Every day Urima calls me to take her to the border. The Macedonian police won't let the non-Western passport holders go to the area. She walks up and down the long stretch of hill that overlooks the mass of refugees, scanning for friends, crying, thinking she recognizes people, trying to remember her new telephone number. Although she is a medical student and a volunteer with an accredited humanitarian organization, the Macedonian police hold her back from going down to see the refugees with the broad side of their automatic weapons. One cocks his gun to drive home the point.
Waiting in a crowd of relatives being held back from their newly arrived family members, I ask one of the Macedonian policeman: Doesn't he feel bad forcing babies and old people to die because he won't allow them to get out and get medical help.
"Of course. I have feelings. I have a family," he says, resting his gun, strapped over his shoulders, across his chest. "But what can I do? It's our job."
Even when you are not on the border witnessing the misery of the refugees, the Kosovo refugees haunt Macedonia.
At a grocery store in the town center, whole families are in the soap aisle, selecting toothbrushes, toothpaste, socks, soap. They came with nothing except whatever cash they haven't been robbed of.
At dinner Friday night at a pub in Skopje called Pivnica, I see two Kosovar friends, journalist Eugen Saracini and his wife, a doctor, standing like ghosts in the doorway. They are alarmingly pale, and unusually for them both, they are not smiling.
I can't stop hugging them. Eugen says he spent three days on the border, trying to get his sister, a well-known journalist with Voice of America, out to safety.
Everyone is joyless.
In my hotel, young Kosovar Albanians haunt the lobby, the coffee bar, preoccupied. One young man, an ethnic Turkish Kosovar, has a father still in Pristina, a mother and brother in Turkey and an expired Yugoslav passport that keeps him trapped in the no man's land of the hotel. He too is ghostly white, and clearly desperate. He sits tensely with the Turkish journalists who have come to cover the conflict, and who talk amiably around him to mask his silent anxiety.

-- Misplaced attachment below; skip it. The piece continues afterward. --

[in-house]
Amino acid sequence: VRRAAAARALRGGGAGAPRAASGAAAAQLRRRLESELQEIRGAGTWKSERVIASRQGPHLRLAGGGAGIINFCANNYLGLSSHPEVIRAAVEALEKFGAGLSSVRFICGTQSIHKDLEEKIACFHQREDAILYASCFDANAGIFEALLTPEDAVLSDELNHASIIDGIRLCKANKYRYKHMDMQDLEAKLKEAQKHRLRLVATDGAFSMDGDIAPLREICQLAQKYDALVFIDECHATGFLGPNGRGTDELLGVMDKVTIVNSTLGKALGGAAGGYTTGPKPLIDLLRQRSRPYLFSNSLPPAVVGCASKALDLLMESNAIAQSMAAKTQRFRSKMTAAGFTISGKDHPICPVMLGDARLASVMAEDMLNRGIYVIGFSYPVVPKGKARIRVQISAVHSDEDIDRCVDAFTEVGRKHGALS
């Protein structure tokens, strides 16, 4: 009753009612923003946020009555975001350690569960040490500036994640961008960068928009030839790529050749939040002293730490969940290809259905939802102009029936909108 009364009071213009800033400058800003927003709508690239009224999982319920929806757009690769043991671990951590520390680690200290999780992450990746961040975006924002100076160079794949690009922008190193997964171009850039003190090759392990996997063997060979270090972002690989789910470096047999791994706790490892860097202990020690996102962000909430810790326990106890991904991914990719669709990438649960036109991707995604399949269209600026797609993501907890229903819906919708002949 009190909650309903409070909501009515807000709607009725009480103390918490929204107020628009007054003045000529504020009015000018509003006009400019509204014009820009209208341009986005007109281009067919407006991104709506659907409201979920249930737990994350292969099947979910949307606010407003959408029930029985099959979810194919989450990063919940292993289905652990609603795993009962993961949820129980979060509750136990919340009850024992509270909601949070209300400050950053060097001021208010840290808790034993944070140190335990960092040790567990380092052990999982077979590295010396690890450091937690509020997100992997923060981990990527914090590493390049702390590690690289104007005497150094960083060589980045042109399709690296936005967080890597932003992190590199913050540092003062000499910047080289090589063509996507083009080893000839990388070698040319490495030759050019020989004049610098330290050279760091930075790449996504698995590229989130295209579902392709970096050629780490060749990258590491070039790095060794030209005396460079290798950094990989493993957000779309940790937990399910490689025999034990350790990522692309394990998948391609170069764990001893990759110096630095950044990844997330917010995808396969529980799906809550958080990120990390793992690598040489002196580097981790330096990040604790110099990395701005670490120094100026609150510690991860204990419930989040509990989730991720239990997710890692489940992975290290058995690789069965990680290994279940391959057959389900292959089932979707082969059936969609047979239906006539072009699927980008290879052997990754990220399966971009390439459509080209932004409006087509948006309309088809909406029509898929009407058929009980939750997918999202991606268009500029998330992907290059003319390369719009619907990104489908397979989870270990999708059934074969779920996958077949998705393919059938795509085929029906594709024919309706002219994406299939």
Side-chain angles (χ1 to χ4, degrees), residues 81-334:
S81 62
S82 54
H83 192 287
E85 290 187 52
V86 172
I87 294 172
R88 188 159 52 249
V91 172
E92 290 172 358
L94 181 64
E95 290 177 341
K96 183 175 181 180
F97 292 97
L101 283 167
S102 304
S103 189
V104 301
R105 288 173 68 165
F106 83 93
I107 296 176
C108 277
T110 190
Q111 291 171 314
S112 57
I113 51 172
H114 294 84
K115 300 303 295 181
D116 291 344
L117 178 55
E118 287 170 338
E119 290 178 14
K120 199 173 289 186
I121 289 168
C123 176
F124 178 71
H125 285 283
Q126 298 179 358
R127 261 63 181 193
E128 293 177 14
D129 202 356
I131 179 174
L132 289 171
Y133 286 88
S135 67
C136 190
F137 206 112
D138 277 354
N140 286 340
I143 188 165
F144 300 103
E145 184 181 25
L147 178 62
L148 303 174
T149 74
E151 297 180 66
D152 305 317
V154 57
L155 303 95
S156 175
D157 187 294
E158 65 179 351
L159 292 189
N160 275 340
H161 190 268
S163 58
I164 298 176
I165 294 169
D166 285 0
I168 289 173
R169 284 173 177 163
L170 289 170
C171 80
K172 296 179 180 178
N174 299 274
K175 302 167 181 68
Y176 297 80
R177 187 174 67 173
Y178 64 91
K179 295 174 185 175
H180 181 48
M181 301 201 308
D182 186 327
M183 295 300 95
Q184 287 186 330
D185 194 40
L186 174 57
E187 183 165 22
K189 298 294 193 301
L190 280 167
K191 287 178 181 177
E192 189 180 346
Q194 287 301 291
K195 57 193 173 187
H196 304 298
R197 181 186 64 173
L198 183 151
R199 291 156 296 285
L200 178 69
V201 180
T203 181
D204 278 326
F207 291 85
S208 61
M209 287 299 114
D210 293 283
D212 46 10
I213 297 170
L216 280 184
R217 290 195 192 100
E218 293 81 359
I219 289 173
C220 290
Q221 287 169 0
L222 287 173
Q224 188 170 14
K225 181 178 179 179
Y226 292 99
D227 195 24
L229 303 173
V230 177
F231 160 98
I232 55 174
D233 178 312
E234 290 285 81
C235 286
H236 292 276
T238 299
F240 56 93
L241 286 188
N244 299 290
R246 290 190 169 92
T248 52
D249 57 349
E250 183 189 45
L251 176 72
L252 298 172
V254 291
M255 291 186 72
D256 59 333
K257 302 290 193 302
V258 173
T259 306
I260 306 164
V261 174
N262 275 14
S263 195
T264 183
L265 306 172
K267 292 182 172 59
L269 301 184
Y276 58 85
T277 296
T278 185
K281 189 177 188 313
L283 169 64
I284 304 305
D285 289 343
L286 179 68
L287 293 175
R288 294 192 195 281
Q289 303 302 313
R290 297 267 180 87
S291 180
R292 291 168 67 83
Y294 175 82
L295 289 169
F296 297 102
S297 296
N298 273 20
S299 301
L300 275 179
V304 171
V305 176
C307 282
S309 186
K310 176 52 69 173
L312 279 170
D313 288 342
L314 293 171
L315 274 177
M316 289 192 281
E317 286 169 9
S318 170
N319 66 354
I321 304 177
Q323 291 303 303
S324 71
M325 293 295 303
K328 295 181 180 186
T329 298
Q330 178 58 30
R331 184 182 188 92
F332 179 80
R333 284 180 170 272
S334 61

The family I stay with when I'm in Pristina is also on the border, with the tens of thousands of refugees. Every day I think I will find them among the crowd and take them out of there, but I don't see them.
On Friday I run into Artan, a 24-year-old Kosovar friend whom the foreign diplomats are fighting over to work for them, at the border.
"I am waiting for my mother and brother," he says, uncharacteristically grim. "I am not even sure they have even left Pristina. But the whole rest of our neighborhood is here and they tell me there is nobody left there. But I can't find them."
"What do you think, are we going to have a war here?" my taxi driver, a Muslim Macedonian named Jani asks me on Saturday.
"No," I answer. "NATO is here, there won't be a war."
"No, we are going to have a war here," he says, shaking his head. "There are just too many refugees. It's going to cause problems. It's not good."
Before the influx of ethnic Albanian refugees driven from their homes in Kosovo, Macedonia enjoyed a fragile peace between its Macedonian Slav majority and its ethnic Albanian one-third minority. But now many Macedonians fear the influx of 100,000 refugees will shift the ethnic balance and lead to the ethnic Albanian Macedonians demanding independence. The Macedonian Albanians insist they do not want independence. But the Macedonians' fear of the Albanians, that they might cause the breakup of the country, is the most dominant political characteristic of Macedonia right now.
Suddenly, it seems that everyone I talk to in Macedonia thinks there will be a war here. It changes the city, makes it feel more dangerous. Last March in Pristina, one could sense after the first 53 people were killed that it was not going to be a one-time affair. It would be a war. In Macedonia, it is still not clear to me that the ingredients that lead to tensions escalating into a conflict are there. But the increasing perception among residents that it could disturbs me.
On Saturday night I go to party in a neighborhood of Skopje that overlooks all of the city. A friend from New York calls me there, quizzing me anxiously about who I know that came over the border alive. Blerim Shala, the editor of Zeri magazine, is alive, in Gostivar, Macedonia. The sister of Veton Surroi, the publisher of Koha Ditore, was seen on TV in Macedonia; she's alive. Baton Hoxhiu, the editor of Koha Ditore rumored last week to be killed, crossed the border Sunday morning. Rexhep Qosja, a Kosovar politician who was at the Rambouillet negotiations, came out alive. Eugen Saracini, a journalist for Deutsch Welle I met at the pub: alive. Aferdita Kelmendi, journalist for Voice of America, alive. As we share information, I look over the balcony past the lights of the city, to the border where the refugees are, to the darkness beyond that is Kosovo, and wonder if any of us will ever return there.